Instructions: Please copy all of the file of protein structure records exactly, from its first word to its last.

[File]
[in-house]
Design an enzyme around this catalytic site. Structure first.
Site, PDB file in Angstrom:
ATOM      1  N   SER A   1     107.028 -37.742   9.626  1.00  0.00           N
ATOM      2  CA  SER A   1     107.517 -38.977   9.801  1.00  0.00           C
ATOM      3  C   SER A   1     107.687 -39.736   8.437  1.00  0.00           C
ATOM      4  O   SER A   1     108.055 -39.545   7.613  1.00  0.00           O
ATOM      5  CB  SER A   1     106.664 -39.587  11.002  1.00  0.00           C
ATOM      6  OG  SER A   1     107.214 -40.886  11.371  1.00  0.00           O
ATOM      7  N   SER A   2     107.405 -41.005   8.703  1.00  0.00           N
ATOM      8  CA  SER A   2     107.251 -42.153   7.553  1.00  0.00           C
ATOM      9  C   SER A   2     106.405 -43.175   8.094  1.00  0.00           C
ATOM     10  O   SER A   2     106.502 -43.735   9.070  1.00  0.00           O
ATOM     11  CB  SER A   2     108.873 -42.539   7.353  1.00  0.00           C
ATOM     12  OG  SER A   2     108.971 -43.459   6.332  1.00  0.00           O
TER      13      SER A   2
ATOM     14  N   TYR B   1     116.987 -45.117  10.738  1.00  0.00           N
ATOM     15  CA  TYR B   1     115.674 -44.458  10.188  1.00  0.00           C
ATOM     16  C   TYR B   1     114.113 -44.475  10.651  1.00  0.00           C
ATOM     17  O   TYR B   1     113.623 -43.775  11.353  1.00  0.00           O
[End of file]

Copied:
[in-house]
Design an enzyme around this catalytic site. Structure first.
Site, PDB file in Angstrom:
ATOM      1  N   SER A   1     107.028 -37.742   9.626  1.00  0.00           N
ATOM      2  CA  SER A   1     107.517 -38.977   9.801  1.00  0.00           C
ATOM      3  C   SER A   1     107.687 -39.736   8.437  1.00  0.00           C
ATOM      4  O   SER A   1     108.055 -39.545   7.613  1.00  0.00           O
ATOM      5  CB  SER A   1     106.664 -39.587  11.002  1.00  0.00           C
ATOM      6  OG  SER A   1     107.214 -40.886  11.371  1.00  0.00           O
ATOM      7  N   SER A   2     107.405 -41.005   8.703  1.00  0.00           N
ATOM      8  CA  SER A   2     107.251 -42.153   7.553  1.00  0.00           C
ATOM      9  C   SER A   2     106.405 -43.175   8.094  1.00  0.00           C
ATOM     10  O   SER A   2     106.502 -43.735   9.070  1.00  0.00           O
ATOM     11  CB  SER A   2     108.873 -42.539   7.353  1.00  0.00           C
ATOM     12  OG  SER A   2     108.971 -43.459   6.332  1.00  0.00           O
TER      13      SER A   2
ATOM     14  N   TYR B   1     116.987 -45.117  10.738  1.00  0.00           N
ATOM     15  CA  TYR B   1     115.674 -44.458  10.188  1.00  0.00           C
ATOM     16  C   TYR B   1     114.113 -44.475  10.651  1.00  0.00           C
ATOM     17  O   TYR B   1     113.623 -43.775  11.353  1.00  0.00           O